US troops: `symbol' of support for Honduras

There are 3,200 fresh United States troops in Honduras today as a ``concrete symbol'' of US support in face of a border incursion by Nicaraguan troops. Secretary of State George Shultz told Congress yesterday the message to Honduras is: ``We are your friend and we stand with you, and if you are invaded, you can count on the United States.''

The Reagan administration, however, is primarily concerned that Sandinista forces will overrun the main contra supply depots near the Nicaraguan-Honduran border. Already several contra strong points have fallen, officials say, and Sandinista attacks were continuing inside Honduran territory as of Thursday morning.

Alarm bells have been ringing within the administration this week over increasing evidence that 6,000 Sandinista troops backed up by bombers and helicopter gunships were going after contra supplies. The main depot reportedly lies in Honduran territory. About 2,000 Sandinista special forces have been sent into that area, according to US intelligence sources.

If these depots fall, officials say, it would ``really cripple'' the contras.

Official sources admit that information on the actual battle situation is patchy. This added to the appearance of confusion earlier this week as officials scrambled to put together accurate intelligence on what was happening on the ground.

Indeed, Democratic leaders in Congress are expressing uncertainty and anger over the President's decision late Wednesday to send 3,200 troops to Honduras on an ``emergency deployment readiness exercise.'' The administration says US troops will not engage in actual fighting or even combat exercises, but are there to bolster any Honduran actions to protect its territorial integrity.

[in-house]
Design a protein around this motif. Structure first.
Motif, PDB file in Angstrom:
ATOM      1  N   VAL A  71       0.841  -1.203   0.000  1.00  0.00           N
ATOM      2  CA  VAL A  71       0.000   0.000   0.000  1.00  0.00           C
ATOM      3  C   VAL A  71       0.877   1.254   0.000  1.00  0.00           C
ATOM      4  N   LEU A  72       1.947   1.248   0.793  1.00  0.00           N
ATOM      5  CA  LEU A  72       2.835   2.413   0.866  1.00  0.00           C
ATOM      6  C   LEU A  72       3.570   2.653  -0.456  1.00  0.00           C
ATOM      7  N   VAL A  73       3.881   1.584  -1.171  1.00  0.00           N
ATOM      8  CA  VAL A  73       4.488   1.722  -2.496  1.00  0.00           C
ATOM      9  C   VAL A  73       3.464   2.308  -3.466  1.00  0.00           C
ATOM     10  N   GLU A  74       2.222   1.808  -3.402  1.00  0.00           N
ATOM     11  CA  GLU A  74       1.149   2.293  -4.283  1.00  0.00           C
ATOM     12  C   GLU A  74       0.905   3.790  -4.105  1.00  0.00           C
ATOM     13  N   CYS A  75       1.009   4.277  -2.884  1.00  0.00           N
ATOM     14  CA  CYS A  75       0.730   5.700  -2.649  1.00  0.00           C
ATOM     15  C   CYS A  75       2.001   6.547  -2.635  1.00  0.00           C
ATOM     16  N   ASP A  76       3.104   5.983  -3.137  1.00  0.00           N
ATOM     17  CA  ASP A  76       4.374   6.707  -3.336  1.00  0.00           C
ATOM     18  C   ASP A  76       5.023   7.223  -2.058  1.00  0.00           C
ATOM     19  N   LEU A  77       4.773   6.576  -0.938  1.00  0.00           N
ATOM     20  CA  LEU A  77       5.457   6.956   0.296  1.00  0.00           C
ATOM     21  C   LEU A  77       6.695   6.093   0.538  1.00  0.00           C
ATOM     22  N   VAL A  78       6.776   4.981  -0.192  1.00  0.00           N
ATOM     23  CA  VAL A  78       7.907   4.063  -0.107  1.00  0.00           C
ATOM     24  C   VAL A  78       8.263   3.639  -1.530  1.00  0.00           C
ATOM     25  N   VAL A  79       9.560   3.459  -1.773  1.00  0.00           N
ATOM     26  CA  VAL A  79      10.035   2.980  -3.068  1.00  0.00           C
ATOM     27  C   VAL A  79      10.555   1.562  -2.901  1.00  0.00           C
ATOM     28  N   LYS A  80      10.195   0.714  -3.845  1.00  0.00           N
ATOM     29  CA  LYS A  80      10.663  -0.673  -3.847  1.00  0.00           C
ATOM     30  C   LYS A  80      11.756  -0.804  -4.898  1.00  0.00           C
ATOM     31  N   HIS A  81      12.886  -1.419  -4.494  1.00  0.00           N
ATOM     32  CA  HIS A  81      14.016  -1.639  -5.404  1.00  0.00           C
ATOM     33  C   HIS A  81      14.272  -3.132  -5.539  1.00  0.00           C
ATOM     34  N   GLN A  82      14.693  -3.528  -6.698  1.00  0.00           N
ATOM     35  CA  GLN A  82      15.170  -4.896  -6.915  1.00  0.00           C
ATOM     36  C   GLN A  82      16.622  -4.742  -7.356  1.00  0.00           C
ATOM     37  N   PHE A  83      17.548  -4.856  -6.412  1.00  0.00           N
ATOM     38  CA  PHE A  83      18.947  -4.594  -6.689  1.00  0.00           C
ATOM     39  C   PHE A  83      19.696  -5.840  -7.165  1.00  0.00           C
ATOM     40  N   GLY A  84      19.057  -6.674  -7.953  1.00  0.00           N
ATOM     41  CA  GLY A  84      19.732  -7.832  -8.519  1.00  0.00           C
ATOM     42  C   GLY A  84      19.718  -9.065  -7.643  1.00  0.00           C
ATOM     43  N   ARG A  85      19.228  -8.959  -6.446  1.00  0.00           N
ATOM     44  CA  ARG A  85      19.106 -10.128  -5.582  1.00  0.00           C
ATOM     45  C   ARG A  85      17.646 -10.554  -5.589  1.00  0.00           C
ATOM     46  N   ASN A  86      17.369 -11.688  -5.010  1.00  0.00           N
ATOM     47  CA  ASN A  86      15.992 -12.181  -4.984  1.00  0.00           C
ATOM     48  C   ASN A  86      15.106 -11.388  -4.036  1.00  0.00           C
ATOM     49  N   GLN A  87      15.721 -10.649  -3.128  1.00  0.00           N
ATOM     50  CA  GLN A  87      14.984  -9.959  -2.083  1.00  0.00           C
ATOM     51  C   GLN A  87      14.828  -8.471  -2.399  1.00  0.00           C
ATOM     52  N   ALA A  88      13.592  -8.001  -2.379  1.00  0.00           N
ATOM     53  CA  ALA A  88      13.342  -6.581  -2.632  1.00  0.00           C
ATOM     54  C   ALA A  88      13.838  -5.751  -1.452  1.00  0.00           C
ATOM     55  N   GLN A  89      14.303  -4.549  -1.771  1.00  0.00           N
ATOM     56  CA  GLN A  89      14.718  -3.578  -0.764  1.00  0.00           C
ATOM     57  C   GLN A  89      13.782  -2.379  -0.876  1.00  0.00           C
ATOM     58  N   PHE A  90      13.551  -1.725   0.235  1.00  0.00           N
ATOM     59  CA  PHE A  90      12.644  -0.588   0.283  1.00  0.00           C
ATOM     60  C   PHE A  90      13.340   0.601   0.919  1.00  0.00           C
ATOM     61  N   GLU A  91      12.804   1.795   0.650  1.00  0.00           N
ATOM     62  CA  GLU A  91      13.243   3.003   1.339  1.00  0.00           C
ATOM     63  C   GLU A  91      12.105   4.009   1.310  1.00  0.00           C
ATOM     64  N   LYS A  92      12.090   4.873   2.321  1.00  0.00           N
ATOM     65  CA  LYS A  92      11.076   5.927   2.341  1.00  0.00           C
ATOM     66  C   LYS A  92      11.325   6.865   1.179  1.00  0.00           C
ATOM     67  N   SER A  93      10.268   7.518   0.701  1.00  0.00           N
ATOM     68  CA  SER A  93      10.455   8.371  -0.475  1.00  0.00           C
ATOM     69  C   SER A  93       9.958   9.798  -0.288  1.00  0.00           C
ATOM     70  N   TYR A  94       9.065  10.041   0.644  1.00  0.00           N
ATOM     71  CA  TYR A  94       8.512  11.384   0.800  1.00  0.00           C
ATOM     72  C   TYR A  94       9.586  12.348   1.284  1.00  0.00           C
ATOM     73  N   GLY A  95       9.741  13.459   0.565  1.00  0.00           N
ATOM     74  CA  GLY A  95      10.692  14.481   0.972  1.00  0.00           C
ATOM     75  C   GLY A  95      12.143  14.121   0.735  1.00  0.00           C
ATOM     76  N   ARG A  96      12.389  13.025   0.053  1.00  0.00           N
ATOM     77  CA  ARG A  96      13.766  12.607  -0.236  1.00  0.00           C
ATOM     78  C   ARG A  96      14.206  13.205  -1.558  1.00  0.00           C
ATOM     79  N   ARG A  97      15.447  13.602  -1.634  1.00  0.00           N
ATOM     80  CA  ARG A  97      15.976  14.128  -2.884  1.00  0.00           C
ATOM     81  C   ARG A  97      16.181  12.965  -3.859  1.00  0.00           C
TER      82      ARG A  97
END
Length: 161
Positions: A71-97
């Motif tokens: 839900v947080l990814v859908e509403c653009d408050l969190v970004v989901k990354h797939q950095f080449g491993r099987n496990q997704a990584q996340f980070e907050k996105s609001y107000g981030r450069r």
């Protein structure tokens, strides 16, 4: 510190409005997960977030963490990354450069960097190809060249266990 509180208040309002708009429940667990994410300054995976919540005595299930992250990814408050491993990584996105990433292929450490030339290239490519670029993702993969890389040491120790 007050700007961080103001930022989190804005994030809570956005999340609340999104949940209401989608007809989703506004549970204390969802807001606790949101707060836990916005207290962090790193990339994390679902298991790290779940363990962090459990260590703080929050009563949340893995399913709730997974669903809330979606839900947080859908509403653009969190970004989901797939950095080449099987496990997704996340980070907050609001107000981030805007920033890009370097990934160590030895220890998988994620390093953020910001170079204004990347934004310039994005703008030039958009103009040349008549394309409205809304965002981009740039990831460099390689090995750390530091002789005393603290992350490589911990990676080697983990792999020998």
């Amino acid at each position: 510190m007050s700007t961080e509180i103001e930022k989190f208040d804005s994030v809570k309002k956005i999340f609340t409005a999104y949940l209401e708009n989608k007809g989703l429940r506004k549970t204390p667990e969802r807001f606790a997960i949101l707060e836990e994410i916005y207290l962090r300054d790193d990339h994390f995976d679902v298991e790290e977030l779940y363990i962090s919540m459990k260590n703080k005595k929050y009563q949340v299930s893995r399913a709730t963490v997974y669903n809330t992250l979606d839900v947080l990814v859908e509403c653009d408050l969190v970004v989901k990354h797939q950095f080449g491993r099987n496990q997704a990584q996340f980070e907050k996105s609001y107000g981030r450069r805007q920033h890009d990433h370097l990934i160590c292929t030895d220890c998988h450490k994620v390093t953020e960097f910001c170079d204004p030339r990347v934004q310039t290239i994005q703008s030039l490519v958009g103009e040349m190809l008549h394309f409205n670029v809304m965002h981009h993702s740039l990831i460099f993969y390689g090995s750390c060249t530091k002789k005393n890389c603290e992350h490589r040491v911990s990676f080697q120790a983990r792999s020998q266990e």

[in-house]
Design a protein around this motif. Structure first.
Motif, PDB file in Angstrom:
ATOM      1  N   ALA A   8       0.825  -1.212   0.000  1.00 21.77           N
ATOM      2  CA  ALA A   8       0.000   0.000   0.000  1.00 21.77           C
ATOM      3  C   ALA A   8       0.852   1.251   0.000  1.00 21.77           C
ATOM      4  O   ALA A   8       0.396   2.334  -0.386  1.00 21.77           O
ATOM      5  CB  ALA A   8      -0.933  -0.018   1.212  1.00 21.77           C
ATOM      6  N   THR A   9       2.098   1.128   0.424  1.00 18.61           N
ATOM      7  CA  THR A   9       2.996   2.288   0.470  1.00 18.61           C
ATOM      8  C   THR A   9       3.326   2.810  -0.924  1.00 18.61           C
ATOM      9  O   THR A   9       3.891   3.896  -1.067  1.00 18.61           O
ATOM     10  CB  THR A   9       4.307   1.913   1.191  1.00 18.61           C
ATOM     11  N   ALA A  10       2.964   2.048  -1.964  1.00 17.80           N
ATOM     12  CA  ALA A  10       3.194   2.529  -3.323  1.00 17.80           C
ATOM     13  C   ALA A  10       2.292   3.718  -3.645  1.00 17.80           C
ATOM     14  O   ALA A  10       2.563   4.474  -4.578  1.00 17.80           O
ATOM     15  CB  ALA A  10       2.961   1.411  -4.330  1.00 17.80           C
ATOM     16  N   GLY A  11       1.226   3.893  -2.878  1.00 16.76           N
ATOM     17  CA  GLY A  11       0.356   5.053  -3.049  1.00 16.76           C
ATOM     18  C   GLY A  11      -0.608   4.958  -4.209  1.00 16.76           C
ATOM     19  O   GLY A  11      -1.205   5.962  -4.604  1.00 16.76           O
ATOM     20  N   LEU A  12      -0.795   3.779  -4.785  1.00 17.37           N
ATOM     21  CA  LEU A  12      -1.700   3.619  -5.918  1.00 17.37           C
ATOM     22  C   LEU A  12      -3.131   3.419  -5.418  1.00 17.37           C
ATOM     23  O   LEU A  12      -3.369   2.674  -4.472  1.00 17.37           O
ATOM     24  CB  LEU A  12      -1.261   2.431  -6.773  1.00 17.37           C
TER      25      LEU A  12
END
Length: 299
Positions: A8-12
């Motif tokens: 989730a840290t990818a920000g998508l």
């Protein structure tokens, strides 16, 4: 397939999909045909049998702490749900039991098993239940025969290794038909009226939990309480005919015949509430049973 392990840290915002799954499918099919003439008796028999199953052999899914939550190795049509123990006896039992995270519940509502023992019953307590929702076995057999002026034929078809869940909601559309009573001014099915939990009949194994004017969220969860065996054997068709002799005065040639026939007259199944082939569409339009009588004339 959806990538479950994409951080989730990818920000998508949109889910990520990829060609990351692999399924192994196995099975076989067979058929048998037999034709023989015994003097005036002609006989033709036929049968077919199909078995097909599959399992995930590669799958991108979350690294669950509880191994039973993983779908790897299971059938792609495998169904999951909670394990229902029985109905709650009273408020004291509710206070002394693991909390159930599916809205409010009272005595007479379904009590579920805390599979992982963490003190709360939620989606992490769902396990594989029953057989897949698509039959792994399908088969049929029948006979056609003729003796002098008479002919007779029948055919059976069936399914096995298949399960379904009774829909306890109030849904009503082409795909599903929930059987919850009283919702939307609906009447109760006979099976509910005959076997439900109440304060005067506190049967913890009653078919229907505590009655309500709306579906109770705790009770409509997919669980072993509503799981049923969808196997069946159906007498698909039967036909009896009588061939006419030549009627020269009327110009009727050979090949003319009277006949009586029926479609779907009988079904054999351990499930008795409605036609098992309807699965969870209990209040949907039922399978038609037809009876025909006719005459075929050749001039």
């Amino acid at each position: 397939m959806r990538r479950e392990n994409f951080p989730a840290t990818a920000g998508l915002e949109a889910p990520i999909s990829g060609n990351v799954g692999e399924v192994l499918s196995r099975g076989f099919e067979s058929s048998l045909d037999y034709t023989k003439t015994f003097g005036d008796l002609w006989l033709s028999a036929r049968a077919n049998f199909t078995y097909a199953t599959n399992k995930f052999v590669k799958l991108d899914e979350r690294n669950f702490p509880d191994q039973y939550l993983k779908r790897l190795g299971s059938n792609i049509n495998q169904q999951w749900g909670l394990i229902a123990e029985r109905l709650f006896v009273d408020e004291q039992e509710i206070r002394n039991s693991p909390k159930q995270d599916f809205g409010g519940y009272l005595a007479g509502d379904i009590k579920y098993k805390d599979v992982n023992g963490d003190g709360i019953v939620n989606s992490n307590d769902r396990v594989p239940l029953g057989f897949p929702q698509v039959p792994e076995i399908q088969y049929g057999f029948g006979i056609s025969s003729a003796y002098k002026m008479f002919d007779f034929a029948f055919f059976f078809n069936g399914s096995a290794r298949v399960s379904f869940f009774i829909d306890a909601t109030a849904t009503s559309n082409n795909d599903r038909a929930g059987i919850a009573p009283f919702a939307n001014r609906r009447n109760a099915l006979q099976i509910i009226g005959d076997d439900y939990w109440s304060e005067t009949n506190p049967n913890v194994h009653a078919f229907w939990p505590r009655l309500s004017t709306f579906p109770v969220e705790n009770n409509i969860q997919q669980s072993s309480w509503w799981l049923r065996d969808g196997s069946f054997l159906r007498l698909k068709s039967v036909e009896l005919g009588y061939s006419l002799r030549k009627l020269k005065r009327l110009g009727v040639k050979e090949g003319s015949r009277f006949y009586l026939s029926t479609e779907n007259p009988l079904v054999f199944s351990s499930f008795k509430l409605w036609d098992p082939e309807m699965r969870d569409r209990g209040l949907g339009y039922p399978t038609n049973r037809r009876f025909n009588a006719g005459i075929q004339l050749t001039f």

On Tuesday, Honduran President Jos'e Azcona wrote President Reagan requesting ``effective and immediate assistance.'' Wednesday, after intensive consultations with the US, and after Honduran reconnaissance flights confirmed the Sandinista incursion, President Azcona laid out the specific type of support desired, officials say. President Reagan subsequently approved one of several options discussed earlier in the day by the interagency Policy Review Group.

Congressional skeptics ask how much pressure the US put on President Azcona to request assistance and question how many Nicaraguan troops are really in Honduras.

Secretary Shultz and other senior officials say the incursion is real and continuing despite Nicaragua's denials. In addition to the 2,000 Sandinista troops operating inside Honduras, another 4,500 are attacking contra strong points inside Nicaragua, they say. The contras have less than 1,000 troops in the border area, a number of whom are technicians and medical workers. A continued Sandinista presence in this region reportedly could cut off the 9,000 contra troops operating deep inside Nicaragua.

Officials deny any US pressure on Honduras to request aid. It is not clear, however, what kind of action the Hondurans contemplate. One well-placed US official says, ``The Hondurans are not concerned about being overrun, but they don't like the Sandinistas operating in their country.'' He said he was not sure how much Honduras is willing to extend itself to protect the contras or expel the Sandinistas.

Experts on Central America say the Sandinista offensive was predictable. ``This is the third year in a row this has happened,'' says Richard Millet, a specialist on the region at Southern Illinois University. but Mr. Millet says it was ``politically dumb'' for the Sandinistas to launch the offensive on the eve of peace talks with the contras next week. ``It makes the Sandinistas look less interested in peace, makes the Democrats look foolish, and gives the administration a chance to yell.''

US officials say Nicaragua clearly calculated that the military and political benefits of destroying contra supplies far outweigh the short-term political heat from the offensive. Once this is done the Sandinistas will have no need to remain in Honduran territory.

Thus most analysts agree that if international observers are eventually sent to the border region, they probably won't find any Sandinistas there.

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